Sitting is the new smoking

You may have heard the phrase “Sitting is the new smoking”, along with “Movement is Medicine” or “Motion is Lotion”. It’s becoming more and more clear that the sedentary behavior that has become so ingrained in modern society isn’t good for us. A big part of what we do is help our clients find ways to spend less time sitting stationary to allow for faster recovery from injury or surgery.

We have known for a long time that gentle movement and physical activity is helpful for conditions like back pain and osteoarthritis. However, research has also shown that independent of physical activity, sedentary behavior has been associated with cardiovascular disease, diabetes and some cancers (1). This means that going to the gym doesn’t fully negate the effects of sitting at your desk all day. See if you can add some incidental activity into your workday; maybe you could pace the corridor whilst on the phone or do 5 squats every time you go to the printer.

A question that we are commonly asked is “what is the perfect posture?” The short answer is there is none.

A question we commonly hear is, “what’s the perfect posture”. The short answer is that there is none. Ultimately, our bodies are designed to move. The most expensive and individualised ergonomic chairs and desks won’t stop you from feeling uncomfortable if you stay in the same position for hours at a time. Pain and discomfort is often a result of the subconscious brain reminding you to stretch your muscles and lubricate your joints. Try thinking about pain as a helpful reminder that your body needs to do something different.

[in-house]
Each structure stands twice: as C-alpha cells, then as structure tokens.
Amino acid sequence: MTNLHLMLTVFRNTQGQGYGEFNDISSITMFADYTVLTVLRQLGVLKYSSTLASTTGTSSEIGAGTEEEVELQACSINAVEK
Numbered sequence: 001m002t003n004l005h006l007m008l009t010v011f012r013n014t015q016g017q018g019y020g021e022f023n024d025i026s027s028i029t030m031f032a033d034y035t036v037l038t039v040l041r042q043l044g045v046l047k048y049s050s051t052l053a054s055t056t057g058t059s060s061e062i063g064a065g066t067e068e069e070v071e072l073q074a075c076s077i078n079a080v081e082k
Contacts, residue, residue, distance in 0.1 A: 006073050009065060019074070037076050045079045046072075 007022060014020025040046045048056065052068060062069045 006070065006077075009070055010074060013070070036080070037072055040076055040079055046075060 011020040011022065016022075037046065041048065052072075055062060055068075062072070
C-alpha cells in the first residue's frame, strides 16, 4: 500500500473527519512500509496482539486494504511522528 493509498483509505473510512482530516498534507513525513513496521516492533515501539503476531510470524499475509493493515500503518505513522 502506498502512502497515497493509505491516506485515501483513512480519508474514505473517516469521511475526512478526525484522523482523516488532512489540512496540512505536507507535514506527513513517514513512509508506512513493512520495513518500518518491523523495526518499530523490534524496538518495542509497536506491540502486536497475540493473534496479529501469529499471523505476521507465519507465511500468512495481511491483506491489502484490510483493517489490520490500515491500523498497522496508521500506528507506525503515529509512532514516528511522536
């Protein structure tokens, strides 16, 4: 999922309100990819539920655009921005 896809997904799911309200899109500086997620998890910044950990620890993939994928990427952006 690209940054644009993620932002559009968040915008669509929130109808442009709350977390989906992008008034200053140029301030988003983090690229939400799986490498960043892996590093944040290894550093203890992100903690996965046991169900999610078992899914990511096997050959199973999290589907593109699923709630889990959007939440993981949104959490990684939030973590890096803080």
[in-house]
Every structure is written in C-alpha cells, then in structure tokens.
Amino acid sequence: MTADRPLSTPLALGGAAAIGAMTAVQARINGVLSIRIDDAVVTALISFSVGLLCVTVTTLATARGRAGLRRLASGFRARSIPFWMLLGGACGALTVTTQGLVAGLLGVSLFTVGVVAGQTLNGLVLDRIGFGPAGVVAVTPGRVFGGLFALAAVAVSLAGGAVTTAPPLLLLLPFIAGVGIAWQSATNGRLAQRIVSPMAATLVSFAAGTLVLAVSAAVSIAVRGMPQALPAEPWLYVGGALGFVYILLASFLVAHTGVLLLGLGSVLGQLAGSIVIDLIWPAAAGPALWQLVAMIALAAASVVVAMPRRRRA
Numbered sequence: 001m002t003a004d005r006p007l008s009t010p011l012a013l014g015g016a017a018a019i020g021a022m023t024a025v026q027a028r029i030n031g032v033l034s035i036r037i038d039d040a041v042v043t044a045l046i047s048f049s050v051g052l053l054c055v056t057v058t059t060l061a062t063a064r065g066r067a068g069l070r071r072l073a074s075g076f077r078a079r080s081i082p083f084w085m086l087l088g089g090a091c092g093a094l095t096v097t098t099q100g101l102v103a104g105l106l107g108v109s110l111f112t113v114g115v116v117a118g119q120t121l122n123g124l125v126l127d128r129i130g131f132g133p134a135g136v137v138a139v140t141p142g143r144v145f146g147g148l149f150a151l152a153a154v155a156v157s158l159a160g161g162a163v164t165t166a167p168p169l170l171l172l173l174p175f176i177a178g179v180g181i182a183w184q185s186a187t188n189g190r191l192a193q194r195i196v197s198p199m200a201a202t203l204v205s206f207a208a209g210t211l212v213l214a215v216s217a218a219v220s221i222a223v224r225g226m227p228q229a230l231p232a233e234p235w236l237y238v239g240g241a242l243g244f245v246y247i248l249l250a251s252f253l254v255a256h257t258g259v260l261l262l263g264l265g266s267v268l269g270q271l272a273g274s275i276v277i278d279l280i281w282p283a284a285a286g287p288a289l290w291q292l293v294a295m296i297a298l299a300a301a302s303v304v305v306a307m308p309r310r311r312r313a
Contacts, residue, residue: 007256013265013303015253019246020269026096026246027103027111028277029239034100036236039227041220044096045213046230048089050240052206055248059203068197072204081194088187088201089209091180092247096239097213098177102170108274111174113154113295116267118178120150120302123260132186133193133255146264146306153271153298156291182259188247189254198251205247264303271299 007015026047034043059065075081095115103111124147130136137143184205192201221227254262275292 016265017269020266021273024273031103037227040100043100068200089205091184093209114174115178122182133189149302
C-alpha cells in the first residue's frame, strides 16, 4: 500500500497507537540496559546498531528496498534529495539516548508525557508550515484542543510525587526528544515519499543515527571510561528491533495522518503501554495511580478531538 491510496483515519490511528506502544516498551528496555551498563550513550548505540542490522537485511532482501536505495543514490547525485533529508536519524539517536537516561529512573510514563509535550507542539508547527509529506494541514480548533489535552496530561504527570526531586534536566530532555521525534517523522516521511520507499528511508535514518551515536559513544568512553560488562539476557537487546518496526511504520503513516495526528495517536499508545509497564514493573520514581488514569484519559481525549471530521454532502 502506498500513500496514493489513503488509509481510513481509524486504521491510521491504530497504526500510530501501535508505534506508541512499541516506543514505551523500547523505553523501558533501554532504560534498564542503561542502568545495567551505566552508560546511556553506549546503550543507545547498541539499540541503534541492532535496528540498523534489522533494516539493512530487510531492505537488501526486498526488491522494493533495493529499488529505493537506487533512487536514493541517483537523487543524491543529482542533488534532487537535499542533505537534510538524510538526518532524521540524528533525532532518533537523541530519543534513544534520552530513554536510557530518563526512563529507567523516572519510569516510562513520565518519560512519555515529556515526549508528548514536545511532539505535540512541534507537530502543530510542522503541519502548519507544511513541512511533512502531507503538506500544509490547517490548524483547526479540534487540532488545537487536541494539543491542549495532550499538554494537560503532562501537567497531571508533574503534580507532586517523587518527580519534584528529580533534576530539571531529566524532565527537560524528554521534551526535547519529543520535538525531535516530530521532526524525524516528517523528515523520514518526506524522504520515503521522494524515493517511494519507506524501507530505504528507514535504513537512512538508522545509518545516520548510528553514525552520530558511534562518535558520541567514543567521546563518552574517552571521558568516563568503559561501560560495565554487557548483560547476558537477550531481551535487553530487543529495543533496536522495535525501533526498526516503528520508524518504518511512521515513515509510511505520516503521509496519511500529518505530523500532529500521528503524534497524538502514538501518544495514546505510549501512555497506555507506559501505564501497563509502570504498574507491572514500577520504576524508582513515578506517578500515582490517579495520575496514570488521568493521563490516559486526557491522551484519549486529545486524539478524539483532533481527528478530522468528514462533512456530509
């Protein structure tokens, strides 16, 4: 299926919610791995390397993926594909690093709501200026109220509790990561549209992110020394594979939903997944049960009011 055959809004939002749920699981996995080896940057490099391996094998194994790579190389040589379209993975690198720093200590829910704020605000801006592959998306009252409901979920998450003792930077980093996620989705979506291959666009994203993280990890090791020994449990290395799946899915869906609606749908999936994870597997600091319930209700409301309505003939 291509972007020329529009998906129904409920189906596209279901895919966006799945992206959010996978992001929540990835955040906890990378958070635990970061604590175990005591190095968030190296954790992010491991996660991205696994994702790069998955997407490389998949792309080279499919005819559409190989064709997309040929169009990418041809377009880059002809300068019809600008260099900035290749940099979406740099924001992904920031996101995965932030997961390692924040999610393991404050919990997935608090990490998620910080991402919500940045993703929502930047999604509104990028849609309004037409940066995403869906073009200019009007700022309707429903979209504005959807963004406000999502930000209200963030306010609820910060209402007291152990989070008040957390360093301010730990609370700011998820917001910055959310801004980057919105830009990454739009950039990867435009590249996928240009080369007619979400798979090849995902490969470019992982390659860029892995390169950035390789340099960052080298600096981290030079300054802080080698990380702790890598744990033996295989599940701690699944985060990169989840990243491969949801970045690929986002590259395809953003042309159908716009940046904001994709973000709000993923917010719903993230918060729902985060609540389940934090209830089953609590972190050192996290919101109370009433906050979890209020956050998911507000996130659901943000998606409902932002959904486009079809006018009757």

If you have an office job or drive long distances, try this stretch to break up periods of sitting.

  1. de Rezende, L. F. M., Lopes, M. R., Rey-López, J. P., Matsudo, V. K. R., & do Carmo Luiz, O. (2014). Sedentary behavior and health outcomes: an overview of systematic reviews. PloS one9(8), e105620.

Hydrotherapy for MS: Debunking the Heat Sensitivity Barrier

The hydrotherapy pool has proven itself to be a great environment for improving fitness, increasing muscle strength, improved mobility and walking, reducing fatigue, improved well-being and quality of life for people suffering from multiple sclerosis.

What is heat sensitivity in MS?

Increased body temperature for a multiple sclerosis sufferer leads to slowing of nerve conduction and therefore an increased fatigue, weakness and temporary worsening of old or onset of new symptoms; usually resolving within 24 hours.

Will the warm pool contribute to heat sensitivity?

A common misconception amongst MS patients is that a hydrotherapy pool will be detrimental to their function as a result of heat sensitivity. However, water is a better conductor of heat than air, so heat can quickly be carried away for improved temperature regulation during more intense exercise in the pool- more so than on land. Studies have shown no adverse effects for people with MS in pools with a temperature of 25-35°c.

Tips for Managing Heat Sensitivity

  • Exercise in a well-ventilated pool with a temperature of 25-35 degrees
  • Stay well hydrated
  • All exercise requires an adaptation period, so take regular short rest breaks
  • Everyone’s body is different: Try exercising in a few different pools/ different temperatures within the prescribed range and find which one suits your body best.

What do I do if my symptoms get worse following exercise in the pool?

If symptoms are worse for any more than 2 hours after a pool session, then the session is likely too challenging. Speak to your Neurological physiotherapist about how to modify your program.

Some comorbidities can affect your safety in the water, so make sure to discuss an appropriate hydrotherapy plan with us before commencing.